# If we are starting the tasks on the cluster, we need to trigger state machine that will scale tasks back to zero after predefined amount of time
      if int(desired_count) > 0:

        clientSF = boto3.client('stepfunctions')
        # List all running executions (if any) and stop them because this is a new deployment in the pipeline
        executions = clientSF.list_executions(
        for execution in executions['executions']:
        # Start new timed execution
            # We send desired_count as 0 to the state machine so the new invocation of this lambda will scale tasks down
            input = json.dumps({'desired_count': 0})
    except Exception as e:
        raise Exception('Unable to trigger state machine: ' + str(e))

AWS Step Functions code

  "Comment": "Wait to scale Fargate back to zero",
  "StartAt": "WaitState",
  "States": {
    "WaitState": {
      "Type": "Wait",
      "Seconds": 1800,
      "Next": "StopLambda"
    "StopLambda": {
      "Type": "Task",
      "Resource": "arn:aws:lambda:AWS_REGION:AWS_ACCOUNT:function:LAMBDA_FUNCTION",
      "End": true


You can download a repository with a sample Dockerfile and CloudFormation templates for this tutorial here.

The first step is to extract the downloaded zip file and create a new GitHub repository to which you must commit and push the Dockerfile from this archive. Please bear in mind that we are working with mainline branch in this example.

The second step is to create an S3 bucket and upload the contents of the “cloudformation” folder there. Now you are ready to launch your stack:

Please modify the bucket name in the URL so CloudFormation can fetch the template from the right location.

The next step is to fill the values with your data:

Fill the following fields:

  • Stack name (any name works)
  • GitHub repository name (just the name, no username/url needed)
  • Branch (mainline|develop for example)
  • GitHub username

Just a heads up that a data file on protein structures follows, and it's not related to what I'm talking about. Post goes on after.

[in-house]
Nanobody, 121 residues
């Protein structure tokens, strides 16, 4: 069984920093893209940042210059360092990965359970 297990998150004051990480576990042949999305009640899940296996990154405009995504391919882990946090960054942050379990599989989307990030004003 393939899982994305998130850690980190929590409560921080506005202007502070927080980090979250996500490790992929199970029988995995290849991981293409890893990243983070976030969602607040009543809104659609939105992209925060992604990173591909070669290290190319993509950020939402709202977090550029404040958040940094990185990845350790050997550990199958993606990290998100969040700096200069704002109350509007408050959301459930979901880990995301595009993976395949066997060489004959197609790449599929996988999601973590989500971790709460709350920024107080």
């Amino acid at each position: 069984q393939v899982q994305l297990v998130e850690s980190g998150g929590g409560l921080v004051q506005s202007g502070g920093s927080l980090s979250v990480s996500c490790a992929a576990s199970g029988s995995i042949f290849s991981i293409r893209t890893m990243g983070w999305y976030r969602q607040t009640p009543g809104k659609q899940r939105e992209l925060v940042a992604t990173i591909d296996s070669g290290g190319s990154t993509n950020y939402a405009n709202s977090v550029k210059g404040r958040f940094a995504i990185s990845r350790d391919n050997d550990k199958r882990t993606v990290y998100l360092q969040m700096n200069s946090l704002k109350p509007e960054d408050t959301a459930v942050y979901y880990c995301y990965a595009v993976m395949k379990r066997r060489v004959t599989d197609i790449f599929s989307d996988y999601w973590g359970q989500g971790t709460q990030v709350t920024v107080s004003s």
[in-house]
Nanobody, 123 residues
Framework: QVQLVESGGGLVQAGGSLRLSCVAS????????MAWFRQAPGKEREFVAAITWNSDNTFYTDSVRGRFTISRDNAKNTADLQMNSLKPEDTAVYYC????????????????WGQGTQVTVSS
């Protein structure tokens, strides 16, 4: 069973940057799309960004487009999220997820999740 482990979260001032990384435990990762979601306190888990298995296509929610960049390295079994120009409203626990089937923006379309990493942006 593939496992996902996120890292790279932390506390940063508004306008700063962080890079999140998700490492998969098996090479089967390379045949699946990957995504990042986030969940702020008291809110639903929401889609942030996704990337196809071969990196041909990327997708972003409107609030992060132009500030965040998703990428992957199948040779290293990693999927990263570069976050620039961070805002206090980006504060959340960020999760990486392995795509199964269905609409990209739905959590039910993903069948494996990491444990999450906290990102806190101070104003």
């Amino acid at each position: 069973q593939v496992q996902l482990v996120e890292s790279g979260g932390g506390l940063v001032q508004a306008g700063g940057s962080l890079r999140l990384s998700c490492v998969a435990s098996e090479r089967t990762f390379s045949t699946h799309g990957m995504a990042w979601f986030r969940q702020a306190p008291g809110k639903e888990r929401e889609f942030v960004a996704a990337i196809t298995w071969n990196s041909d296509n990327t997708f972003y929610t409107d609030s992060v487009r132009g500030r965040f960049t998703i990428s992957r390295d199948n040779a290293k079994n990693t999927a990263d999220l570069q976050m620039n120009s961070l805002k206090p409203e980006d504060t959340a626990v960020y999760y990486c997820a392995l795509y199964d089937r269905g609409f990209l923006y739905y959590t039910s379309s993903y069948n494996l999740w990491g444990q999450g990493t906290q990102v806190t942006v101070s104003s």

• GitHub personal access token (for more information click here)
  • Name of the bucket where your CloudFormation templates were uploaded
  • Time until the task scales to zero.

Click next and on the last step page confirm the following checkboxes:

Click “Create stack.”

Once the stack creation process is finished, click on the Outputs tab to see the load balancer’s ServiceUrl to access your testing environment.

PipelineUrl will take you to the detailed page about the AWS CodePipeline for this project.

Process overview

Start by committing and pushing a simple file to the repository and observe what happens.

If you check your AWS CodePipeline, you will see that it was triggered and started building a new artifact:

Once ScaleUp stage starts, it triggers the Lambda function that scales up Fargate cluster’s tasks:

This also triggers the AWS Step Functions that will wait to scale down after the number of minutes you defined during CloudFormation stack creation:

When the predefined time expires, AWS Step Functions invokes the AWS Lambda function again. This will scale the tasks to zero and avoid any further costs of running this workload:

The process will repeat itself on the next commit.

To test the second scenario in which tasks are already scaled to zero but we need to access our environment. Open Amazon CloudWatch Alarms when you access the load balancer’s URL. This URL is available in the output of CloudFormation template.

Since the tasks are not running, the load balancer emits a 503 HTTP code. An alarm that is set to listen to 5XX errors and to send a notification to Amazon’s SNS. This event consequently triggers the same Lambda function that AWS CodePipeline’s workflow uses. The number of tasks increases and the environment is accessible again.

Cleaning up

To avoid incurring future charges, delete the CloudFormation stack                        .


By using AWS Step Functions to connect AWS Lambda with AWS CodePipeline and AWS Fargate, it becomes easy to scale tasks up and down based on the activity of the repository and by observing Load Balancer’s access logs. Adopting such approach helps avoid incurring unnecessary costs for your testing environments.